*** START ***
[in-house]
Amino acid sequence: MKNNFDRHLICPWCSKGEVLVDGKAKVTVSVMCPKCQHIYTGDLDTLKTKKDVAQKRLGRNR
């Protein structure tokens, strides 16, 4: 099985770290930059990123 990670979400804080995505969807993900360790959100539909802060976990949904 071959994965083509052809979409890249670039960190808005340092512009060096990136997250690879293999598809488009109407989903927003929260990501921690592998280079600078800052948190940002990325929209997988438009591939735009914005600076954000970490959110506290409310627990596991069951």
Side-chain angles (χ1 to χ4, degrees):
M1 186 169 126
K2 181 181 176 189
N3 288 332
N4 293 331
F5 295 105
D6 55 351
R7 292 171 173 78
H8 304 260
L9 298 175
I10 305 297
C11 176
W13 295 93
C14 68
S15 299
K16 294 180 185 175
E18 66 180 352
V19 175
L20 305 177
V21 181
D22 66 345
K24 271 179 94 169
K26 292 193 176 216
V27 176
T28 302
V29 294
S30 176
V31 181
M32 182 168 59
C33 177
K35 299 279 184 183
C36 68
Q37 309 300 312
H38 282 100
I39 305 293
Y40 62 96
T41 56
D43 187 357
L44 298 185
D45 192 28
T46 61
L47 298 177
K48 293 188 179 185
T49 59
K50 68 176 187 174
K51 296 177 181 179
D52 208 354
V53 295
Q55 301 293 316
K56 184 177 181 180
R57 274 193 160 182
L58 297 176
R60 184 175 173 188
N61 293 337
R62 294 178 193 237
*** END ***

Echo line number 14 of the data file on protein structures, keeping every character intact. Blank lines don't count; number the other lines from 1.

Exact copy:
I10 305 297